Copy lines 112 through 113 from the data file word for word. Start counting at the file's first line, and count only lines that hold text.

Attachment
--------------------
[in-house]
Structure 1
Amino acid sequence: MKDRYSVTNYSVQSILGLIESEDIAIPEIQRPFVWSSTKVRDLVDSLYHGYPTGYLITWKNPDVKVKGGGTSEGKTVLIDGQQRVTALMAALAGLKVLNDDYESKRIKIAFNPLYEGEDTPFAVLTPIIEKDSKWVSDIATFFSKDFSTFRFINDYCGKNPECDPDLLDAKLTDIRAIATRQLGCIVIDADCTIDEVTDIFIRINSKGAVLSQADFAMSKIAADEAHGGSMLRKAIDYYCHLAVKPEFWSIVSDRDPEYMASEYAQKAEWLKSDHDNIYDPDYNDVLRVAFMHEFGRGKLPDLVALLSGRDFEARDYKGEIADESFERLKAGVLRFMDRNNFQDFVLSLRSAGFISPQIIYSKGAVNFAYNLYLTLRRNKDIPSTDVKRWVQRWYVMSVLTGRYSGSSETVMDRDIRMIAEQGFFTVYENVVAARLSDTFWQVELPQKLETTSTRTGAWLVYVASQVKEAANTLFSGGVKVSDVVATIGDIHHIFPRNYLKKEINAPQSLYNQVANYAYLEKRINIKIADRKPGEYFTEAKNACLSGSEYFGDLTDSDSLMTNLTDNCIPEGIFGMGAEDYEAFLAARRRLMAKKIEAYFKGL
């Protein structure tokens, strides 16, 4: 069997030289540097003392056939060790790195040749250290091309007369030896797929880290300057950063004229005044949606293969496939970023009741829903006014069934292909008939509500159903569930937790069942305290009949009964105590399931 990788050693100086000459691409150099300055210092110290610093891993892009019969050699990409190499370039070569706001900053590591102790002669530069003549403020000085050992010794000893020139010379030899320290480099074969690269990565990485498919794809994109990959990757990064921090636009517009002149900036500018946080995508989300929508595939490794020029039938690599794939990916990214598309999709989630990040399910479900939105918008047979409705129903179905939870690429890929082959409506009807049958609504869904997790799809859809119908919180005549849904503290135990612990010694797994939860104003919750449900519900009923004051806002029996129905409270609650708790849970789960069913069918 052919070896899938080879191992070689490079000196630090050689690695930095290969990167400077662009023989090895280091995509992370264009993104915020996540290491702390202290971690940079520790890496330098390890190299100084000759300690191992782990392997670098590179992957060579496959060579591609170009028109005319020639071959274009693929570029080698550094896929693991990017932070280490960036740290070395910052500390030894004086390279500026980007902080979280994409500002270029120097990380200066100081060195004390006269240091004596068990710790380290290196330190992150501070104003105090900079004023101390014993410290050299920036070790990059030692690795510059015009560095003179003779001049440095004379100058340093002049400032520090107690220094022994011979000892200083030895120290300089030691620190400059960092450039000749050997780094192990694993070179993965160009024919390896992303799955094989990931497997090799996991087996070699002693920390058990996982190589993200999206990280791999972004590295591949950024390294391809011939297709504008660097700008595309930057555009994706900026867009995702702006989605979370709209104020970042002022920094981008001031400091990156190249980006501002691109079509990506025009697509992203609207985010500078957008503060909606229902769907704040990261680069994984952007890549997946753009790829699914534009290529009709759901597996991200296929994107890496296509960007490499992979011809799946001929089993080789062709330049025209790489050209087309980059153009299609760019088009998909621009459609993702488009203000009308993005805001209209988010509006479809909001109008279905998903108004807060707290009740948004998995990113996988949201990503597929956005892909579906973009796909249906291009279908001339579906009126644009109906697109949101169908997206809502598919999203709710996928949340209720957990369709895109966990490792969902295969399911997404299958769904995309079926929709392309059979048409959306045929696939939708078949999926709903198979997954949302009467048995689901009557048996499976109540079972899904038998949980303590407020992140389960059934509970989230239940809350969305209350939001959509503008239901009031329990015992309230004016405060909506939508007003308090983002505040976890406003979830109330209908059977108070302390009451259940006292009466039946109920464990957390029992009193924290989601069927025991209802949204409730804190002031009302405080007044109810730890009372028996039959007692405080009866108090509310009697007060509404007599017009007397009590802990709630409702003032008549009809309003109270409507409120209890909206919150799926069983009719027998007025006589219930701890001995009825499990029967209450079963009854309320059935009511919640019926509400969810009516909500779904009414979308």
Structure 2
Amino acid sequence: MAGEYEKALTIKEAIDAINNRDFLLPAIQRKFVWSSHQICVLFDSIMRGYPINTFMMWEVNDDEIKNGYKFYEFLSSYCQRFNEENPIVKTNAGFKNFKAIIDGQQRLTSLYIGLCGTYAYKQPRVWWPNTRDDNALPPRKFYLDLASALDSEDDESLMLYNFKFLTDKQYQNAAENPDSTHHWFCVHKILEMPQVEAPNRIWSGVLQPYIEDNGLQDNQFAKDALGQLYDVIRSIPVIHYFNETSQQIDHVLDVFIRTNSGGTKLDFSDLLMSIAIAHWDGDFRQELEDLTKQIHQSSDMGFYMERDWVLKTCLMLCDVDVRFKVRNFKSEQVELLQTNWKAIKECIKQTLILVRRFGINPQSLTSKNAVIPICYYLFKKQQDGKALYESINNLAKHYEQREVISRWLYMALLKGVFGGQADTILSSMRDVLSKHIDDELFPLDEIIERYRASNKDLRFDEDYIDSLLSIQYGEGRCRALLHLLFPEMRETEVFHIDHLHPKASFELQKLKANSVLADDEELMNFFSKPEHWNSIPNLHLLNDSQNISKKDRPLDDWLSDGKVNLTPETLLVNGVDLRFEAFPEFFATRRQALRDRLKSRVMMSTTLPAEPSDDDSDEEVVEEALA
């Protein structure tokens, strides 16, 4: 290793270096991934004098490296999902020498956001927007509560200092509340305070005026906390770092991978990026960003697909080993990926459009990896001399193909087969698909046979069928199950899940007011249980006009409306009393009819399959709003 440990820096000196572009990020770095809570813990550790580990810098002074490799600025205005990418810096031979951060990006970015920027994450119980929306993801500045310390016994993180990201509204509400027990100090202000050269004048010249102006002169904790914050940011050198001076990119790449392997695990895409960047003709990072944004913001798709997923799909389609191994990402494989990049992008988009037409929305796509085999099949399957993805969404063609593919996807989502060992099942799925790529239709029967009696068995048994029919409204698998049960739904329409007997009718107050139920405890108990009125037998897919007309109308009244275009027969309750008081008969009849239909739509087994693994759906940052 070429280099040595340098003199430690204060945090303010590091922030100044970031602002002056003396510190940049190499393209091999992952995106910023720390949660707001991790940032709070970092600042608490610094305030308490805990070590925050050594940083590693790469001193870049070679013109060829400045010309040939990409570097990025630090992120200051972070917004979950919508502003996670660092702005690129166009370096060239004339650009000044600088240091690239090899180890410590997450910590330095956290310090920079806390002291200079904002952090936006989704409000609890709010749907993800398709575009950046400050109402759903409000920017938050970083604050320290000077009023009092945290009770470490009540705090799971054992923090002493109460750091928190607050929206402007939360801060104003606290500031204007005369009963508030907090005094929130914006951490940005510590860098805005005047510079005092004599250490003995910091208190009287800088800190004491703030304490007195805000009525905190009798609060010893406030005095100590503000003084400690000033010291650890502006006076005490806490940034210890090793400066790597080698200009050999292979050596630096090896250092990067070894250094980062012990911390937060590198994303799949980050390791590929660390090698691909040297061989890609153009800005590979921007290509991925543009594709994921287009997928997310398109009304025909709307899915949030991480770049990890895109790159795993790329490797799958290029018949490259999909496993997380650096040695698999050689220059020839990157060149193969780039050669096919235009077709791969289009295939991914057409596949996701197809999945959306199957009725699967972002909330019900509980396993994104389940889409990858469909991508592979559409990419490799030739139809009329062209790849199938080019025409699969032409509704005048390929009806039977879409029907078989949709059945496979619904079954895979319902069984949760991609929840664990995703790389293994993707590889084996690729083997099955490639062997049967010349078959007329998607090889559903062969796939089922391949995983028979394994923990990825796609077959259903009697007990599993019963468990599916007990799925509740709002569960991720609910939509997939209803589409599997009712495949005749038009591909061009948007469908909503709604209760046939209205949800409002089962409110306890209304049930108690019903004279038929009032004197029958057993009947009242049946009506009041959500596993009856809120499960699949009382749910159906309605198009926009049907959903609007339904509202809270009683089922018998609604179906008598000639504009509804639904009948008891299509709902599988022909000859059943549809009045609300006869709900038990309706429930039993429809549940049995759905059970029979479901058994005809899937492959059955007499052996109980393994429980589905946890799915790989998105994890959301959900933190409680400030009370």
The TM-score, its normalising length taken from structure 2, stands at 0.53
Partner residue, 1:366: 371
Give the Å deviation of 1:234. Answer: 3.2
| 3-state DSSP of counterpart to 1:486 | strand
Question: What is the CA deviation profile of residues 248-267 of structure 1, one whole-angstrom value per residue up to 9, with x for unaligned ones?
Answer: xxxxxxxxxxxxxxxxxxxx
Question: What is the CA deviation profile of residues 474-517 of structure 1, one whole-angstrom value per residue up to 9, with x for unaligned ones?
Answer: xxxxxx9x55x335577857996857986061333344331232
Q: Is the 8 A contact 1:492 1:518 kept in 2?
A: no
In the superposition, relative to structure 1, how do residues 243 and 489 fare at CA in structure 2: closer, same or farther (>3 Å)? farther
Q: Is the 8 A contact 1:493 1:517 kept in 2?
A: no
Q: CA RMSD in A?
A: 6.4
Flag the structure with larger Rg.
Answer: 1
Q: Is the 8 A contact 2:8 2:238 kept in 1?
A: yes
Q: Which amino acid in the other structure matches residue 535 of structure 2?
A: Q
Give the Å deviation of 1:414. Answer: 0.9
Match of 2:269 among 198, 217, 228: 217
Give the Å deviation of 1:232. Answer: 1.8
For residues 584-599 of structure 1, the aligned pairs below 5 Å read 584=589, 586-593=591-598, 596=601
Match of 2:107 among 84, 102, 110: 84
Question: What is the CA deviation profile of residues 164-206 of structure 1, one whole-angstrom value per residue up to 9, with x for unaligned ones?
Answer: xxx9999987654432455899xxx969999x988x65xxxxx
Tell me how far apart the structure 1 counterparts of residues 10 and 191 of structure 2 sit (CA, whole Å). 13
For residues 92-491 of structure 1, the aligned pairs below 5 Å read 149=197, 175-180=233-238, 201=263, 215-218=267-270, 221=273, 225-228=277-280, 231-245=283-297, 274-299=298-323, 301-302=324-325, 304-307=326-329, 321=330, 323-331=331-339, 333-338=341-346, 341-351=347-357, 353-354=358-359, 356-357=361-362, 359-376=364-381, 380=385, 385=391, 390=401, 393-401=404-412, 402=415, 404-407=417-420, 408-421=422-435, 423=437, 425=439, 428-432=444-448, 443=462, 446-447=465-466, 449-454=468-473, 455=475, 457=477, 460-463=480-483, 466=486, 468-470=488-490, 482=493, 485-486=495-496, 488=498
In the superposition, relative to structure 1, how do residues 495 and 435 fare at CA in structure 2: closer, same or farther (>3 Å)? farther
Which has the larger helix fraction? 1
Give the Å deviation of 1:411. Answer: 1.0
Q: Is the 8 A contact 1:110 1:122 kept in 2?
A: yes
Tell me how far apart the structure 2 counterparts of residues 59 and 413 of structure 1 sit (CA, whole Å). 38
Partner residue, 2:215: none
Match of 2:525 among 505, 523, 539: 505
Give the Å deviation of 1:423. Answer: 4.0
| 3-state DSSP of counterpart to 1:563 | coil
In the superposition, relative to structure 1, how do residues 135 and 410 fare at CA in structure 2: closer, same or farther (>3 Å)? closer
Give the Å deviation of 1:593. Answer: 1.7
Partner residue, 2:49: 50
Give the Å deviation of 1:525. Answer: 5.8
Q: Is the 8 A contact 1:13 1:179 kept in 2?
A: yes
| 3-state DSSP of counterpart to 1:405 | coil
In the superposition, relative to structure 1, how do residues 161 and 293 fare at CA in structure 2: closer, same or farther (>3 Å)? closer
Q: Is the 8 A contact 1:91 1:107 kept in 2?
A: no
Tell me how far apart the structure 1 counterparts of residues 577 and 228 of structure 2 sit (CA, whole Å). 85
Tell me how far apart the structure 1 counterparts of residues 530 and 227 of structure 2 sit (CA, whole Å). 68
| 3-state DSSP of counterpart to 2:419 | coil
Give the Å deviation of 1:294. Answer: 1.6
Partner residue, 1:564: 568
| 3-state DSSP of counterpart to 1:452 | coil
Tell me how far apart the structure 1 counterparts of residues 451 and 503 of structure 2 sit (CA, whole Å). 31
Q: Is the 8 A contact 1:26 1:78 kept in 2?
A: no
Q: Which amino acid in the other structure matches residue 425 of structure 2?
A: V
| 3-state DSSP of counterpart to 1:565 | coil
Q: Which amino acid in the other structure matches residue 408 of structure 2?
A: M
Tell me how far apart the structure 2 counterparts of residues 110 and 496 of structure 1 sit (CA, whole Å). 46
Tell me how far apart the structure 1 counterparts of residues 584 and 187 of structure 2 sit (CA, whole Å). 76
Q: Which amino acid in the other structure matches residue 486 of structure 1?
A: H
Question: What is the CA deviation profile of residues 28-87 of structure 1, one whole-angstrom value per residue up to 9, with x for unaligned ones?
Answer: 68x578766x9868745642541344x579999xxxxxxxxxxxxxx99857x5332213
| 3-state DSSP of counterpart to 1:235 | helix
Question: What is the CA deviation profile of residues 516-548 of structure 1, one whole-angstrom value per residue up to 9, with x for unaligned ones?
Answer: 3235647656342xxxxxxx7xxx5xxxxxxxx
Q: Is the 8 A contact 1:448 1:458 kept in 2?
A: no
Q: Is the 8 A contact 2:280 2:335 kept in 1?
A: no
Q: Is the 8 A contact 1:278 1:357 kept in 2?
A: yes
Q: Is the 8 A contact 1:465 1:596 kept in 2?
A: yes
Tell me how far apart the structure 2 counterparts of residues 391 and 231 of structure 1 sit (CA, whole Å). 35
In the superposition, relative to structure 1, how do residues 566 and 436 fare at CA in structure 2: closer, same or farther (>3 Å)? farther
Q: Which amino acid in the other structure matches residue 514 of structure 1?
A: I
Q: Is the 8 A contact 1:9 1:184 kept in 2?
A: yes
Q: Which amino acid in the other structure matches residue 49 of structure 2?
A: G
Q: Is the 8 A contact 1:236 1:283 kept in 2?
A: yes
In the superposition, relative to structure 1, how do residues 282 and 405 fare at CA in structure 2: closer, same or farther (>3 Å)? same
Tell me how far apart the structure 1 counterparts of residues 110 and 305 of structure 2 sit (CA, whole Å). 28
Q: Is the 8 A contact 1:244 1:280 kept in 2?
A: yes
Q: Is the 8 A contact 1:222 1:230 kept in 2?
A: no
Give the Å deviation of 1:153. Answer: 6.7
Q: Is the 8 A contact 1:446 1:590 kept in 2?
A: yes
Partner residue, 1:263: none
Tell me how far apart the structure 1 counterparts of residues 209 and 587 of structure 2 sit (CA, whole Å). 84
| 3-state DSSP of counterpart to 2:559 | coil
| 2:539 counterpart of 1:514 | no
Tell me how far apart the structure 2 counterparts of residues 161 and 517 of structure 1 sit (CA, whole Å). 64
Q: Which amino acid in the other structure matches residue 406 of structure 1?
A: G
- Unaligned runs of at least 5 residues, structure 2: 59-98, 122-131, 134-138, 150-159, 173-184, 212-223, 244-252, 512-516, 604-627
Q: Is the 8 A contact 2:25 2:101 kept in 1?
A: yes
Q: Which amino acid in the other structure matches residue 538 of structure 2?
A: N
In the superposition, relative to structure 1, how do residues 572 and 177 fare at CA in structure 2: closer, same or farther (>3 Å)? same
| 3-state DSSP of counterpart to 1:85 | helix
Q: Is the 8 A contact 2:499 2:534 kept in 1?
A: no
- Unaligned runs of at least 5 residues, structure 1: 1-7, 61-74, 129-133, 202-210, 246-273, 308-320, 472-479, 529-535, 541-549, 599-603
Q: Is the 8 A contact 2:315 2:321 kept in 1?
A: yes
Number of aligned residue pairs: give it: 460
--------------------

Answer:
Tell me how far apart the structure 2 counterparts of residues 161 and 517 of structure 1 sit (CA, whole Å). 64
Q: Which amino acid in the other structure matches residue 406 of structure 1?